Highfield -- G -- Douglas
Young -- RFB -- Post
J. Ferguson -- LFB -- Adams
McDonald -- RHB -- Nichol
Carnihan -- CHB -- Kelly
MacGregor -- LHB -- T. Stark
Forrest -- OR -- Ford
Granger -- IR -- Docherty
Stark -- CF -- Heminsley
Rollo -- OR -- Ingram
Robertson -- OL -- McBay
Goals -- Rollo 2, Forrest, MacFarlane, Robertson, Ingram. Referee: Lowe. Linesmen - -D. Ferguson and J. Smith. Time of halves, 45 minutes.

Saturday Game

Rejuvenated by recent acquisitions, the Newark F. C. failed to make a very favorable impression with local fans on the Steel Field on Saturday afternoon withering under the attack of the forwards and finding the Bethlehem Steel F. C. defense impregnable in submitting to a 5 to 0 defeat. The Steel Workers were master of every situation and after once breaking into the scoring column, the ultimate result was never again in doubt.

Newark inspired by a recent victory over the New York Giants, at team that twice conquered the Steel Workers, played with a spirited determination in the early minutes of the game, but after their forwards failed to make an impression with the Steel Workers' defense, while the Bethlehem forwards eluded and tricked the visitors defense almost at will, seemed to lose heart, and once after Bethlehem scored, seemed content to devote their efforts exclusively to defensive tactics.

Four of the five goals counted by Bethlehem were garnered without a taint and well merited by pretty shooting. The other goal, a penalty, opened the scoring for the Steel Workers. The combination play and passing of the forwards was good, and it seemed for the first time in weeks that a thorough understanding existed among them. With Robertson on the left wing and Forrest on the opposite side, the inside men seemed to have perfect confidence in distributing the play and the work of Maxwell and Forrest, particularly the clever manipulating of the ball of the latter, was pretty to witness.

The Steel Workers took the lead after twenty-two minutes of play, favored by a penalty, while pressing hard close in the vicinity of the Newark goal. McBay, in a determined effort to clear, accidentally handled the ball in the penalty area, and Archie Stark took the kick. He placed the ball well out of the reach of Douglas.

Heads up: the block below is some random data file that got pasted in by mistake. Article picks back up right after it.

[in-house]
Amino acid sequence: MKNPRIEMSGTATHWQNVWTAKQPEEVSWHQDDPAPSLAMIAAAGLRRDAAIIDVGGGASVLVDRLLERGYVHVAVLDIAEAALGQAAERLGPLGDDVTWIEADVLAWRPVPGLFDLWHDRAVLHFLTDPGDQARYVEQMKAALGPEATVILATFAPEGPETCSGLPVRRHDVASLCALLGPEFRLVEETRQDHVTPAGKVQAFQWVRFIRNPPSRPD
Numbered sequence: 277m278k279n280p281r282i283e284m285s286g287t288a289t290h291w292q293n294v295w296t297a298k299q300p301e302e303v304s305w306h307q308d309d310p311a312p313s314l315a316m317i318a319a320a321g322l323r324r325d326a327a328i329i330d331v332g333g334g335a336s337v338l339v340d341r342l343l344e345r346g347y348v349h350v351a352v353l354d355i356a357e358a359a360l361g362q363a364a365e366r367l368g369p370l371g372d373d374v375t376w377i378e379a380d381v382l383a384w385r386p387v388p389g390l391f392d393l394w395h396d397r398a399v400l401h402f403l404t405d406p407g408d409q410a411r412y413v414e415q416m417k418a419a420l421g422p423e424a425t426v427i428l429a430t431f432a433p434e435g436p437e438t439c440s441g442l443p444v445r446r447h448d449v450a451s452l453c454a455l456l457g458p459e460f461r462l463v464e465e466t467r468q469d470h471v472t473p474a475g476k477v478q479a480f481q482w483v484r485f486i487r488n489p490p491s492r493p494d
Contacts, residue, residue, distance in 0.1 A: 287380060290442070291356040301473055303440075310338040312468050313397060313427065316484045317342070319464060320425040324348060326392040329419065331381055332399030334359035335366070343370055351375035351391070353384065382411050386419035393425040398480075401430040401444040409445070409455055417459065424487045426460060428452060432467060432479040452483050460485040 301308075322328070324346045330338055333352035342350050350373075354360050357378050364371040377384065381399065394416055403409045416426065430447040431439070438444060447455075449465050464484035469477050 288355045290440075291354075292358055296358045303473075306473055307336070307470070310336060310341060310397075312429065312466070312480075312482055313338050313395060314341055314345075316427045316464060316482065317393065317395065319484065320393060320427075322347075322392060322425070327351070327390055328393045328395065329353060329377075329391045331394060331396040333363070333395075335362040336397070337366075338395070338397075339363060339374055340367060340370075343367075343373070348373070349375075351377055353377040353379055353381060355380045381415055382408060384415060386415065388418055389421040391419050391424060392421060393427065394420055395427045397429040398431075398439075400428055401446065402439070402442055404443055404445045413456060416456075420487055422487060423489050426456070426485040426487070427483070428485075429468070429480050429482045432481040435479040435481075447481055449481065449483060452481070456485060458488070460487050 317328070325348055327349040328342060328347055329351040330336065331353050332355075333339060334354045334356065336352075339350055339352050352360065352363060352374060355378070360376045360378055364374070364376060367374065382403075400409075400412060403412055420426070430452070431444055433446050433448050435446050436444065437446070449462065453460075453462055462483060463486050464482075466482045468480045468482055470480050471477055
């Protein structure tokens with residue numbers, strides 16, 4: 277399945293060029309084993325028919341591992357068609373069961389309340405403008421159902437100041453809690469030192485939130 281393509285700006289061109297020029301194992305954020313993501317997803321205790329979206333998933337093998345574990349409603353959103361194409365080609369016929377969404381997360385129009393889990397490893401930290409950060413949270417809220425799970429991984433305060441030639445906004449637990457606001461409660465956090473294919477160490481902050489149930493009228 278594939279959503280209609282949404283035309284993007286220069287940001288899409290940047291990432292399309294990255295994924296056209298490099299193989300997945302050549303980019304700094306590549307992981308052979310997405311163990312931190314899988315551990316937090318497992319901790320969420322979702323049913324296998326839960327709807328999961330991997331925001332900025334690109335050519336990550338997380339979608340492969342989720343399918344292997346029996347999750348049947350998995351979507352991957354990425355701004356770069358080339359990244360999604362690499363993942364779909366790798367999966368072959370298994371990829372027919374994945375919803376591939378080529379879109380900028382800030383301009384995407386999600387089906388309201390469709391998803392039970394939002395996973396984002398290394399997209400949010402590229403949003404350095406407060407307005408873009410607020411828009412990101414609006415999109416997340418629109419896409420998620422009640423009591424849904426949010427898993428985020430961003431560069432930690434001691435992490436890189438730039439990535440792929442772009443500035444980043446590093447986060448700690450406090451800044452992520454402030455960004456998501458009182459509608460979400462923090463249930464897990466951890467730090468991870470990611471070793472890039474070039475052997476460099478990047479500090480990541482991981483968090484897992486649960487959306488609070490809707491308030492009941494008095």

Hardly five minutes had elapsed before the Steel Workers earned their first tally. Stark broke away and with the defense seemingly centering their attention on the Bethlehem forward, slipped a neat pass to Rollo. Although the latter was no less than twenty yards out, he drove for goal, the ball skimming along the ground with great speed, and entered the net just as Douglas threw himself headlong in an effort to save. Bethlehem continued to press but the half ended with the Steel Workers leading by the score of 2 to 0.

Shortly after the teams turned around, "Bob" MacGregor, a Bethlehem halfback, made good with a shot from long range. The Steel Workers' halfback, shooting for goal, instead of passing, seemed to take Douglas off his guard and before he could realize what it was all about, the ball landed in the meshes.

Inspired by this early success, the Steel Workers were all over the visitors and another goal came in rapid succession. Robertson, playing nicely on the left wing, broke away, and carried the all down the wing close to the touchline. His center was perfect and Stark, in direct line with the ball [...] boot to it, deflecting it into the net.

[...] piece of work, confined to Stark and MacGregor, paved the way for the fifth and final goal for Bethlehem. Forrest taking the pass for the parting shot, was close to the goal mouth and made no mistake for his shot.

Seemingly satisfied with the goal counted and the fact that the defense had withstood the best, the visitors had, the Steel Workers were more or less content to ease up, and most attempts that were made to score were from wide range.

The lineup:

Bethlehem Steel -- Newark F. C.
Highfield -- G -- Douglas
Young -- RFB -- Post
D. Ferguson -- LFB -- Adams
MacGregor -- RHB --T. Stark
Carnihan -- CHB -- Kelly
McDonald -- LHB -- McBay
Forrest -- OR --Ingram
Maxwell -- IR -- Heminsley
Stark -- CF -- Docherty
Rollo -- IL -- Ford
Robertson -- OL -- Smith
Goals: Stark 2 (one a penalty), Forrest, Rollo, MacGregor. Referee: George Young, Philadelphia. Linesmen: Barclay and Carson. Time of halves, 45 minutes.


1924-1925
Bethlehem Steel Soccer Club